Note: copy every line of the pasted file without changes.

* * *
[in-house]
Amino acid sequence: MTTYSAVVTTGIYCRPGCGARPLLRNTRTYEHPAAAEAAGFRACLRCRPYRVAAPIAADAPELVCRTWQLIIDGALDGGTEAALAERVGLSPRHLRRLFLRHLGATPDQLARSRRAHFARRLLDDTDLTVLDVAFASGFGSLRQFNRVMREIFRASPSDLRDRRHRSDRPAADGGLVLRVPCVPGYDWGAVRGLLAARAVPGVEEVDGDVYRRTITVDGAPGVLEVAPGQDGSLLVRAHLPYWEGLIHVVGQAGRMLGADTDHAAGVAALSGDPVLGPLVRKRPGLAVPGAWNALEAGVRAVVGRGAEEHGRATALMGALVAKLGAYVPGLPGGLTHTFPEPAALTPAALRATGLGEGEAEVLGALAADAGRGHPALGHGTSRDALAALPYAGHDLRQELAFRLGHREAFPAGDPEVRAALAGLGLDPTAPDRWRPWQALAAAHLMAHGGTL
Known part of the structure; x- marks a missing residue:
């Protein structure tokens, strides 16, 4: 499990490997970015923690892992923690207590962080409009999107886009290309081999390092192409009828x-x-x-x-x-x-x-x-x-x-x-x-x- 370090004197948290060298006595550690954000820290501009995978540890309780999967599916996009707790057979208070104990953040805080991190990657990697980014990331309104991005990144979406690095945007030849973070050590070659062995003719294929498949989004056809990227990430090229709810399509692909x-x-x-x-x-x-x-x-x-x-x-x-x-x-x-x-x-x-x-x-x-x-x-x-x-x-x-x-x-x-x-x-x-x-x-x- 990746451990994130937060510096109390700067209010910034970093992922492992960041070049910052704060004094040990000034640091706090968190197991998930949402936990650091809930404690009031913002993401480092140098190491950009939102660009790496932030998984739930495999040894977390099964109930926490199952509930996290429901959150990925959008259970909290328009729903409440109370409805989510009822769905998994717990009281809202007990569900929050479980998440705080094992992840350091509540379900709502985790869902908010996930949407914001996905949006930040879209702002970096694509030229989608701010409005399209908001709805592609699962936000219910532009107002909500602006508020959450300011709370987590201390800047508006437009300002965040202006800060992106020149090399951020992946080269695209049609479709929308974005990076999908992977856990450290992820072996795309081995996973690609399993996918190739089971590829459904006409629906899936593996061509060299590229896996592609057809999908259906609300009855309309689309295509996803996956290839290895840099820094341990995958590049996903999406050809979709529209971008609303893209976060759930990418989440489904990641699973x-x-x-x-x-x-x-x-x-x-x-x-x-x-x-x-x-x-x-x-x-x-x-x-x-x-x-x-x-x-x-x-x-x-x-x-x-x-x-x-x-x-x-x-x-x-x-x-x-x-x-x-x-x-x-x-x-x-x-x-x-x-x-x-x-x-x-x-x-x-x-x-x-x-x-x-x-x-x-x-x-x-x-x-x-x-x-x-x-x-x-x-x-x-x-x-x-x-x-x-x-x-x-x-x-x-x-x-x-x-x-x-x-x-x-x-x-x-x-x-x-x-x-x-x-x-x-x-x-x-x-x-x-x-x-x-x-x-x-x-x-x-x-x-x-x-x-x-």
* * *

[in-house]
Amino acid sequence: MTTYSAVVTTGIYCRPGCGARPLLRNTRTYEHPAAAEAAGFRACLRCRPYRVAAPIAADAPELVCRTWQLIIDGALDGGTEAALAERVGLSPRHLRRLFLRHLGATPDQLARSRRAHFARRLLDDTDLTVLDVAFASGFGSLRQFNRVMREIFRASPSDLRDRRHRSDRPAADGGLVLRVPCVPGYDWGAVRGLLAARAVPGVEEVDGDVYRRTITVDGAPGVLEVAPGQDGSLLVRAHLPYWEGLIHVVGQAGRMLGADTDHAAGVAALSGDPVLGPLVRKRPGLAVPGAWNALEAGVRAVVGRGAEEHGRATALMGALVAKLGAYVPGLPGGLTHTFPEPAALTPAALRATGLGEGEAEVLGALAADAGRGHPALGHGTSRDALAALPYAGHDLRQELAFRLGHREAFPAGDPEVRAALAGLGLDPTAPDRWRPWQALAAAHLMAHGGTL
Known part of the structure; x- marks a missing residue:
């Protein structure tokens, strides 16, 4: 499990490997970015923690892992923690207590962080409009999107886009290309081999390092192409009828x-x-x-x-x-x-x-x-x-x-x-x-x- 370090004197948290060298006595550690954000820290501009995978540890309780999967599916996009707790057979208070104990953040805080991190990657990697980014990331309104991005990144979406690095945007030849973070050590070659062995003719294929498949989004056809990227990430090229709810399509692909x-x-x-x-x-x-x-x-x-x-x-x-x-x-x-x-x-x-x-x-x-x-x-x-x-x-x-x-x-x-x-x-x-x-x-x- 990746451990994130937060510096109390700067209010910034970093992922492992960041070049910052704060004094040990000034640091706090968190197991998930949402936990650091809930404690009031913002993401480092140098190491950009939102660009790496932030998984739930495999040894977390099964109930926490199952509930996290429901959150990925959008259970909290328009729903409440109370409805989510009822769905998994717990009281809202007990569900929050479980998440705080094992992840350091509540379900709502985790869902908010996930949407914001996905949006930040879209702002970096694509030229989608701010409005399209908001709805592609699962936000219910532009107002909500602006508020959450300011709370987590201390800047508006437009300002965040202006800060992106020149090399951020992946080269695209049609479709929308974005990076999908992977856990450290992820072996795309081995996973690609399993996918190739089971590829459904006409629906899936593996061509060299590229896996592609057809999908259906609300009855309309689309295509996803996956290839290895840099820094341990995958590049996903999406050809979709529209971008609303893209976060759930990418989440489904990641699973x-x-x-x-x-x-x-x-x-x-x-x-x-x-x-x-x-x-x-x-x-x-x-x-x-x-x-x-x-x-x-x-x-x-x-x-x-x-x-x-x-x-x-x-x-x-x-x-x-x-x-x-x-x-x-x-x-x-x-x-x-x-x-x-x-x-x-x-x-x-x-x-x-x-x-x-x-x-x-x-x-x-x-x-x-x-x-x-x-x-x-x-x-x-x-x-x-x-x-x-x-x-x-x-x-x-x-x-x-x-x-x-x-x-x-x-x-x-x-x-x-x-x-x-x-x-x-x-x-x-x-x-x-x-x-x-x-x-x-x-x-x-x-x-x-x-x-x-």